State-issued identification doesn't meet federal security requirements, and Oregon lawmakers are floating an idea that would have Oregonians individually pay to fix the issue.
Beginning in 2018, states must comply with the REAL ID Act.
The federal law requires states to beef up the security of their identity documents in order to access federal facilities and pass through airport security.
In 2009, Oregon lawmakers prohibited the Oregon DMV from complying with the REAL ID Act unless federal funding paid for the higher security standards.
Now, those costs may be paid directly by Oregon residents.
With next January's deadline looming, Eastern Oregon Republican Sen. Bill Hansell wants to create a two-tier system of drivers licenses.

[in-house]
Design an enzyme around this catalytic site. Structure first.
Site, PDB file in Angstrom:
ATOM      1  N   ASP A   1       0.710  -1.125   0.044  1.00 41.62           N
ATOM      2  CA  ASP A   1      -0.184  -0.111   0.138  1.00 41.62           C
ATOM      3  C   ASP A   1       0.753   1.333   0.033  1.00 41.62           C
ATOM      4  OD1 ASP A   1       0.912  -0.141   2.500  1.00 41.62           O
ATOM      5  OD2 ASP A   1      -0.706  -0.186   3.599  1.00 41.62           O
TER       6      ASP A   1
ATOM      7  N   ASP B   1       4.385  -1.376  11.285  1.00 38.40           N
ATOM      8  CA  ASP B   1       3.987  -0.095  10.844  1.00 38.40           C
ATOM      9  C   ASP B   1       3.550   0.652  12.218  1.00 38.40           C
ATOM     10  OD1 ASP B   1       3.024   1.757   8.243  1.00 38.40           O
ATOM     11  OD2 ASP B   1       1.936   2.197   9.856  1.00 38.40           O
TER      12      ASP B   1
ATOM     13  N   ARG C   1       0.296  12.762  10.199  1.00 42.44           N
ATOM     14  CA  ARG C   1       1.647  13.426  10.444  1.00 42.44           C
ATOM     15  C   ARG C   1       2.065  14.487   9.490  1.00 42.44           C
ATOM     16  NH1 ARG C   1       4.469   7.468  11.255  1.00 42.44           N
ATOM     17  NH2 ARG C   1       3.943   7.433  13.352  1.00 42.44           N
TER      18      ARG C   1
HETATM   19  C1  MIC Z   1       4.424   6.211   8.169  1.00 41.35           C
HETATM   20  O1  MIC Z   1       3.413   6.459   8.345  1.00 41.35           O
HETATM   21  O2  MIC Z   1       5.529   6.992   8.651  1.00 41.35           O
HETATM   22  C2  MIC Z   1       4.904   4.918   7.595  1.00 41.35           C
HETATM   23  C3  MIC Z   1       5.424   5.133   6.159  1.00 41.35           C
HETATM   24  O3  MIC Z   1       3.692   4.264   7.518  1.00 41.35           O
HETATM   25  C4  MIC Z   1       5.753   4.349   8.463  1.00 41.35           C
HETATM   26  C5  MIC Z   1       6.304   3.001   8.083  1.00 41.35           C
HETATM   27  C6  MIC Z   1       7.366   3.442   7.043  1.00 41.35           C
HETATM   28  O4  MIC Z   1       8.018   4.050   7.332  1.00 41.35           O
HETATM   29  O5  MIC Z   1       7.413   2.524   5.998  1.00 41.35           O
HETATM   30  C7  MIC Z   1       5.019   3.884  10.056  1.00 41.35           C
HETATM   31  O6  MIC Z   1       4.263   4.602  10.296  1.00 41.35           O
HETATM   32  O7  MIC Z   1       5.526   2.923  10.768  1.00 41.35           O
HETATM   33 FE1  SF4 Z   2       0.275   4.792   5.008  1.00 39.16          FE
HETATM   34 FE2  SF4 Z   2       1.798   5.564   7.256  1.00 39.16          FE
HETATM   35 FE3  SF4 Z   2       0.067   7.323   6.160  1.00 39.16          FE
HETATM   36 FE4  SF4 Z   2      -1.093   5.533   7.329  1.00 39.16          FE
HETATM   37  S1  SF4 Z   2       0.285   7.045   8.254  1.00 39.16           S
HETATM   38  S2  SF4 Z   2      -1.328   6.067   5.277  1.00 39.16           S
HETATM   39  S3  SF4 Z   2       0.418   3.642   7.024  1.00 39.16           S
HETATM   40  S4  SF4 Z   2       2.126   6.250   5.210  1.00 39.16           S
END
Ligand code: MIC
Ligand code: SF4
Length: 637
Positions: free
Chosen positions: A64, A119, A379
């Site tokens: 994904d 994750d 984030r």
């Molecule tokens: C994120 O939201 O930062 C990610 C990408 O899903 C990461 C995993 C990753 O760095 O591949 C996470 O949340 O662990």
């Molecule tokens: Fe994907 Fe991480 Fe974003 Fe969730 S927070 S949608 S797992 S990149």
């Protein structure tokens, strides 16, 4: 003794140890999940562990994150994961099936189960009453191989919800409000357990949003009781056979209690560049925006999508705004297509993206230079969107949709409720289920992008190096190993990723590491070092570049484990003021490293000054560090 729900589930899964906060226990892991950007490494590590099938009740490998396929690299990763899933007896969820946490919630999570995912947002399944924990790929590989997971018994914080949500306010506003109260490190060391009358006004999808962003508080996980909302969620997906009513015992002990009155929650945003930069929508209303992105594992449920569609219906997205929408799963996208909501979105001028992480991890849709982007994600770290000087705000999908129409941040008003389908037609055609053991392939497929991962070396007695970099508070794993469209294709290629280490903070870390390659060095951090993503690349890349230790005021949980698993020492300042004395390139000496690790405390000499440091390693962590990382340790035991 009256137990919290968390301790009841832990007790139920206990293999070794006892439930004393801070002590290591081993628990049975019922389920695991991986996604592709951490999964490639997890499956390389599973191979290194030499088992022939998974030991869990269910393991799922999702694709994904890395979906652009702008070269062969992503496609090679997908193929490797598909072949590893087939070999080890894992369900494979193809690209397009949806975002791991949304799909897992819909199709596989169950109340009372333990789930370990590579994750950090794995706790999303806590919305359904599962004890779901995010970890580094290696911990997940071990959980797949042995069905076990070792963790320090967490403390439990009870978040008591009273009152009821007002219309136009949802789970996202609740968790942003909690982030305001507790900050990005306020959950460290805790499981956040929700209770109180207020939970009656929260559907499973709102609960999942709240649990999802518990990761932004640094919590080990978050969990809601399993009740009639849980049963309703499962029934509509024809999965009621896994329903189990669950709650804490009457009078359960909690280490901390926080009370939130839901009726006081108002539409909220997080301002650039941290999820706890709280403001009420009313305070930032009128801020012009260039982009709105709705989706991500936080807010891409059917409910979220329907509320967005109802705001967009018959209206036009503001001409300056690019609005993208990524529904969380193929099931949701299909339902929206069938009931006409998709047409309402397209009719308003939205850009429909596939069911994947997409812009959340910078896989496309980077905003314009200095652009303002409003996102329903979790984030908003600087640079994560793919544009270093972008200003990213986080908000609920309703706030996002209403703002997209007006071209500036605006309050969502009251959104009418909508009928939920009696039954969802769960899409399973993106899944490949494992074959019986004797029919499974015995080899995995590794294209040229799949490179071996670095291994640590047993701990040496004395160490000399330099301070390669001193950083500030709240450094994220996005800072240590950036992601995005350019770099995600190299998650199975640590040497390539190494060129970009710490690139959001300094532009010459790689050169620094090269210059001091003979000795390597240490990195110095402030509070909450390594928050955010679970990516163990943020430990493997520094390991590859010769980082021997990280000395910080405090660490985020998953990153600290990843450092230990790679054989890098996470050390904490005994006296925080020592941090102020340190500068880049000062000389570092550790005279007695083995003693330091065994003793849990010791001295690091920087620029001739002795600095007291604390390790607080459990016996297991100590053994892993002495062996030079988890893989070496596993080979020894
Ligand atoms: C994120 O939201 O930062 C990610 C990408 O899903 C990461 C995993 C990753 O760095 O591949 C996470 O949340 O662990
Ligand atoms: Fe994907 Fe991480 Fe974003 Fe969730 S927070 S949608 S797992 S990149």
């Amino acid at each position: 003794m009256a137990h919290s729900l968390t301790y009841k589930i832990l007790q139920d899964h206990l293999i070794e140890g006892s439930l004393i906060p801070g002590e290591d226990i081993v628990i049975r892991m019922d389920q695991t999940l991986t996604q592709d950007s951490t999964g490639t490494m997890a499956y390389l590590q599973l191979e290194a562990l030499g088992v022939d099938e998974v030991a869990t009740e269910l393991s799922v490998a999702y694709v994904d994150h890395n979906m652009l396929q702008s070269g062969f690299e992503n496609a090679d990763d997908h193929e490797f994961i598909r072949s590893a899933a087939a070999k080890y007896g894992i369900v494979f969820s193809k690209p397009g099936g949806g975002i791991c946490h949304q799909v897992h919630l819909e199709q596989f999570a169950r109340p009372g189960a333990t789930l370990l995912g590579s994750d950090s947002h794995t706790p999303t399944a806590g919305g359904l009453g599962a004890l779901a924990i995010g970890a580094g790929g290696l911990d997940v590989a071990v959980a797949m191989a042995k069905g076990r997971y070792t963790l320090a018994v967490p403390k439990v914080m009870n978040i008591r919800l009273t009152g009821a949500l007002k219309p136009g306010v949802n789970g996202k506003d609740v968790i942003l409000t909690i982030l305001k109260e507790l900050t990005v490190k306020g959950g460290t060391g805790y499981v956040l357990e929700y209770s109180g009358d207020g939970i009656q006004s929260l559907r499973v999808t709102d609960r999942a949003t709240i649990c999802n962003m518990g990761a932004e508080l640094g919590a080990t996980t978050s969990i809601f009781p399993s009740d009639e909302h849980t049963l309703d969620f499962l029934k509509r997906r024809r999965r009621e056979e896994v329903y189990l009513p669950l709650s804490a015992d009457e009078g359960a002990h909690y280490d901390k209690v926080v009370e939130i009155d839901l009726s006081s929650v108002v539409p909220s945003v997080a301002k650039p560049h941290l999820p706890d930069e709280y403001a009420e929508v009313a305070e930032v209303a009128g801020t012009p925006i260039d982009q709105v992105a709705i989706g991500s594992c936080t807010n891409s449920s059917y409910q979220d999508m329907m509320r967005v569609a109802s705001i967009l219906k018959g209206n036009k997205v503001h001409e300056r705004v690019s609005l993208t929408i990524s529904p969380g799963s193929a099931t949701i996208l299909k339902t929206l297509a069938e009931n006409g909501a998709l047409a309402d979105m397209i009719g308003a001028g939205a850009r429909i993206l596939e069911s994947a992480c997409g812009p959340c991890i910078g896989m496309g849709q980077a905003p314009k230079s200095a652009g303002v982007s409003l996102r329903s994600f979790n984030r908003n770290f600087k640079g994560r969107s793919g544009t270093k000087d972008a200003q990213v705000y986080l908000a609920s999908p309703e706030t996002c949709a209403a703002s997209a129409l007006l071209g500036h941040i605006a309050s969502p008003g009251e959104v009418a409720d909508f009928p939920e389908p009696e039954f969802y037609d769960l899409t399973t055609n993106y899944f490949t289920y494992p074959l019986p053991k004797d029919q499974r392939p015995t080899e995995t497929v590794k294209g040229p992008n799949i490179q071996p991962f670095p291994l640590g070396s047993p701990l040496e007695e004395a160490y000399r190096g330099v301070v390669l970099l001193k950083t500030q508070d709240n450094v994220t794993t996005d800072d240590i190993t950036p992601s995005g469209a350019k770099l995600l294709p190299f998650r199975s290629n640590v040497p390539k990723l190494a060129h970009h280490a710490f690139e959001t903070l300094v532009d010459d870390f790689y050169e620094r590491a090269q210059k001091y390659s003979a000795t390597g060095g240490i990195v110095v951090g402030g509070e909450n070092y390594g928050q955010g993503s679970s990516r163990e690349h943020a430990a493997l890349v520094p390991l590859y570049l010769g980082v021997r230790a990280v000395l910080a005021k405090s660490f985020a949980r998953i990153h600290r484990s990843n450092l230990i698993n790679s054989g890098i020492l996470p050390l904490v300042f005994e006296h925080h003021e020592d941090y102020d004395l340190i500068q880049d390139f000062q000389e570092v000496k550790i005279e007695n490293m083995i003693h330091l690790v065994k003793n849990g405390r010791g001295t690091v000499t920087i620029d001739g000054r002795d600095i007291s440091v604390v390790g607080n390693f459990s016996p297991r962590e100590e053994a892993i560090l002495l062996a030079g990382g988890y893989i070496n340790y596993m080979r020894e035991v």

He said one would comply with the REAL ID act, and one would not.
"I sort of envision it like a vanity license plate. If you want it, you can get it. You pay more for it and it's yours to use. That's sort of the same philosophy," Hansell said.
The Oregon DMV estimates the enhanced version of the drivers license would cost up to $20 more than the standard version.
The REAL ID compliant license would have a symbol on it to indicate it complies with the federal law.
If lawmakers don't act and the federal government doesn't extend the compliance deadline, Oregonians would not be able to use their drivers license to board a domestic airline flight starting in January.
The TSA would continue to accept some other forms of ID, including passports.